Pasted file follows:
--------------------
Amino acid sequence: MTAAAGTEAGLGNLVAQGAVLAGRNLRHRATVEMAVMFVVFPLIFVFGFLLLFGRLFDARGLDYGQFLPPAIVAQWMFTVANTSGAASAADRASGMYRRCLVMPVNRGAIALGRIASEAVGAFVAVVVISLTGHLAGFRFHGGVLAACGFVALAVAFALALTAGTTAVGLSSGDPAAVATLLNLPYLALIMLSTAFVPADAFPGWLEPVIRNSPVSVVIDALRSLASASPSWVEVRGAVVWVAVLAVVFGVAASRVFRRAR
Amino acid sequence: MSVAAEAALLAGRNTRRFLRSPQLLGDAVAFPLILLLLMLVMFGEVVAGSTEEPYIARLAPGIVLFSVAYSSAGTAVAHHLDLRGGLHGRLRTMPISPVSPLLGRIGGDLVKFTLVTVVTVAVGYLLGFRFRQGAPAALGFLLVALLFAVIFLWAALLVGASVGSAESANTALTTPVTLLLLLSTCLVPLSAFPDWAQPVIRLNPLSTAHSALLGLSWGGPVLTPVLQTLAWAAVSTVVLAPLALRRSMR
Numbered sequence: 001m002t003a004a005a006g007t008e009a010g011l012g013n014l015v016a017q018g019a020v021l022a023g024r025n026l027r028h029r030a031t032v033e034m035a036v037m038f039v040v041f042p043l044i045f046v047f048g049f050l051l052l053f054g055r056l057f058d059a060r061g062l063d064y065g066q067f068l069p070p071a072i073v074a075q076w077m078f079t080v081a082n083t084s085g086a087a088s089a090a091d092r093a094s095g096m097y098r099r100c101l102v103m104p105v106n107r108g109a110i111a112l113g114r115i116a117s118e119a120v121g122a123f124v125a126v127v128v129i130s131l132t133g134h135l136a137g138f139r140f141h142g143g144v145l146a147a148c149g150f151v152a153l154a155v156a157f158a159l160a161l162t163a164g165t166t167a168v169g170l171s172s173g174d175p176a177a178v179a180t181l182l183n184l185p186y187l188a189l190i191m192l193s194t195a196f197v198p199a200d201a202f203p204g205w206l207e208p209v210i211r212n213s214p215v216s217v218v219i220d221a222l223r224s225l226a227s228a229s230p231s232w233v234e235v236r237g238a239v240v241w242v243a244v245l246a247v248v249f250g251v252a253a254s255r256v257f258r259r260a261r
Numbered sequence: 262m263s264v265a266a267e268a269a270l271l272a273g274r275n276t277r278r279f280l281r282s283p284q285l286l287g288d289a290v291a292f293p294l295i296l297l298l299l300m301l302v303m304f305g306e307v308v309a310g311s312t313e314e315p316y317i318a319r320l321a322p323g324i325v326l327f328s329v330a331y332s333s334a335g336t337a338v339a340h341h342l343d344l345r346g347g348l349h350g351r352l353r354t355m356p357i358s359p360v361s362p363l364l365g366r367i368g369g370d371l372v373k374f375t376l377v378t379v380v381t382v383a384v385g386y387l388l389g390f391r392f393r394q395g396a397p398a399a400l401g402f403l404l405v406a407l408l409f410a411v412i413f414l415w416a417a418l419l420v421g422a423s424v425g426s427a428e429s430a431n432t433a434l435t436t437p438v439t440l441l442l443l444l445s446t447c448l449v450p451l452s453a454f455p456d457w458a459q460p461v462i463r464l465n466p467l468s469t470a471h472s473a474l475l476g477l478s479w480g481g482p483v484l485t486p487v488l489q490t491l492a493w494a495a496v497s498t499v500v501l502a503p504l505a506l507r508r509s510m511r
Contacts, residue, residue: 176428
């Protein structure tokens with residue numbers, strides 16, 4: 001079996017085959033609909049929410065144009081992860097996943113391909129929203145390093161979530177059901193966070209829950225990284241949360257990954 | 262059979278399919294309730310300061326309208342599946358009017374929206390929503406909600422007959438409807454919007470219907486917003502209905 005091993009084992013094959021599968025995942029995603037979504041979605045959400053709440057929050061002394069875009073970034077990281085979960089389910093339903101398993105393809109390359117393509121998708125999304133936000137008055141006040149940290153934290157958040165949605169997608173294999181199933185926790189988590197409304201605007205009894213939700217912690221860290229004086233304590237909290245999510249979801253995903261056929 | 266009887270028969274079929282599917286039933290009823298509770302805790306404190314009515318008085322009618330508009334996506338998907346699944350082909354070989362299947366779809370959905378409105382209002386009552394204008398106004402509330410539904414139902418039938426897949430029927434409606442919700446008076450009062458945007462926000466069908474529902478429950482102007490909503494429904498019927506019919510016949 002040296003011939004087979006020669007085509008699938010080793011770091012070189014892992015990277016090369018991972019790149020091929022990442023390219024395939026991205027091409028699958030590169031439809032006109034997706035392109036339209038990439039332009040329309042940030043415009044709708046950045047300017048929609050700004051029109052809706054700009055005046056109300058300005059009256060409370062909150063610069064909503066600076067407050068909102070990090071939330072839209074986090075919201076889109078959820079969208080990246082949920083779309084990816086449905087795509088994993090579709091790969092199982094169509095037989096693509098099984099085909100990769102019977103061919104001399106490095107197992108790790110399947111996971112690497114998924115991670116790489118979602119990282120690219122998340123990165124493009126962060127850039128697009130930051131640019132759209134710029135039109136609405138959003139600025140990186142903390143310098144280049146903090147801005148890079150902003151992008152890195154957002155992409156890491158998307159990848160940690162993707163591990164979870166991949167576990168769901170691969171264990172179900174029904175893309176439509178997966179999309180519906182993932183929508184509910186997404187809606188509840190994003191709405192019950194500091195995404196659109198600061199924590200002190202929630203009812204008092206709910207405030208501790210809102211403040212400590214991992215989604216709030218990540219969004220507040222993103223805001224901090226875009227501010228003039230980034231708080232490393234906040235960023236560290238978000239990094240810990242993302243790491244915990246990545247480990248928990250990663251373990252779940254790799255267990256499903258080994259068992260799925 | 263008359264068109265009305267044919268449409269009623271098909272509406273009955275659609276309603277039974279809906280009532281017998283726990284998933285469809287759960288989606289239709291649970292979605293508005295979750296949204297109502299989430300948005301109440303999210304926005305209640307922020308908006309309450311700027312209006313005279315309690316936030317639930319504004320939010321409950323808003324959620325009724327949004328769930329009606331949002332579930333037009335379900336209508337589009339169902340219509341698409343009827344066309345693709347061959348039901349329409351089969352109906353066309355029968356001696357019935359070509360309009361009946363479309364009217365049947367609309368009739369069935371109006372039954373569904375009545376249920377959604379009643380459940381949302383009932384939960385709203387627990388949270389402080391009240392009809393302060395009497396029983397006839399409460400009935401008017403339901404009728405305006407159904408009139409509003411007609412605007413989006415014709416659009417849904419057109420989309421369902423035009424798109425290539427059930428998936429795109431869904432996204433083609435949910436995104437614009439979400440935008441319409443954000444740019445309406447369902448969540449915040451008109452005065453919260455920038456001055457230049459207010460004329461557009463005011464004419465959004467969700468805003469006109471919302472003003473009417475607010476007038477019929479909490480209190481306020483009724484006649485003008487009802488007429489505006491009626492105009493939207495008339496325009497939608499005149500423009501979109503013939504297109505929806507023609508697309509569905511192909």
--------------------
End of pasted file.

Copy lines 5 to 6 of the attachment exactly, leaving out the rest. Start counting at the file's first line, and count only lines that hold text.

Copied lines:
Contacts, residue, residue: 176428
């Protein structure tokens with residue numbers, strides 16, 4: 001079996017085959033609909049929410065144009081992860097996943113391909129929203145390093161979530177059901193966070209829950225990284241949360257990954 | 262059979278399919294309730310300061326309208342599946358009017374929206390929503406909600422007959438409807454919007470219907486917003502209905 005091993009084992013094959021599968025995942029995603037979504041979605045959400053709440057929050061002394069875009073970034077990281085979960089389910093339903101398993105393809109390359117393509121998708125999304133936000137008055141006040149940290153934290157958040165949605169997608173294999181199933185926790189988590197409304201605007205009894213939700217912690221860290229004086233304590237909290245999510249979801253995903261056929 | 266009887270028969274079929282599917286039933290009823298509770302805790306404190314009515318008085322009618330508009334996506338998907346699944350082909354070989362299947366779809370959905378409105382209002386009552394204008398106004402509330410539904414139902418039938426897949430029927434409606442919700446008076450009062458945007462926000466069908474529902478429950482102007490909503494429904498019927506019919510016949 002040296003011939004087979006020669007085509008699938010080793011770091012070189014892992015990277016090369018991972019790149020091929022990442023390219024395939026991205027091409028699958030590169031439809032006109034997706035392109036339209038990439039332009040329309042940030043415009044709708046950045047300017048929609050700004051029109052809706054700009055005046056109300058300005059009256060409370062909150063610069064909503066600076067407050068909102070990090071939330072839209074986090075919201076889109078959820079969208080990246082949920083779309084990816086449905087795509088994993090579709091790969092199982094169509095037989096693509098099984099085909100990769102019977103061919104001399106490095107197992108790790110399947111996971112690497114998924115991670116790489118979602119990282120690219122998340123990165124493009126962060127850039128697009130930051131640019132759209134710029135039109136609405138959003139600025140990186142903390143310098144280049146903090147801005148890079150902003151992008152890195154957002155992409156890491158998307159990848160940690162993707163591990164979870166991949167576990168769901170691969171264990172179900174029904175893309176439509178997966179999309180519906182993932183929508184509910186997404187809606188509840190994003191709405192019950194500091195995404196659109198600061199924590200002190202929630203009812204008092206709910207405030208501790210809102211403040212400590214991992215989604216709030218990540219969004220507040222993103223805001224901090226875009227501010228003039230980034231708080232490393234906040235960023236560290238978000239990094240810990242993302243790491244915990246990545247480990248928990250990663251373990252779940254790799255267990256499903258080994259068992260799925 | 263008359264068109265009305267044919268449409269009623271098909272509406273009955275659609276309603277039974279809906280009532281017998283726990284998933285469809287759960288989606289239709291649970292979605293508005295979750296949204297109502299989430300948005301109440303999210304926005305209640307922020308908006309309450311700027312209006313005279315309690316936030317639930319504004320939010321409950323808003324959620325009724327949004328769930329009606331949002332579930333037009335379900336209508337589009339169902340219509341698409343009827344066309345693709347061959348039901349329409351089969352109906353066309355029968356001696357019935359070509360309009361009946363479309364009217365049947367609309368009739369069935371109006372039954373569904375009545376249920377959604379009643380459940381949302383009932384939960385709203387627990388949270389402080391009240392009809393302060395009497396029983397006839399409460400009935401008017403339901404009728405305006407159904408009139409509003411007609412605007413989006415014709416659009417849904419057109420989309421369902423035009424798109425290539427059930428998936429795109431869904432996204433083609435949910436995104437614009439979400440935008441319409443954000444740019445309406447369902448969540449915040451008109452005065453919260455920038456001055457230049459207010460004329461557009463005011464004419465959004467969700468805003469006109471919302472003003473009417475607010476007038477019929479909490480209190481306020483009724484006649485003008487009802488007429489505006491009626492105009493939207495008339496325009497939608499005149500423009501979109503013939504297109505929806507023609508697309509569905511192909």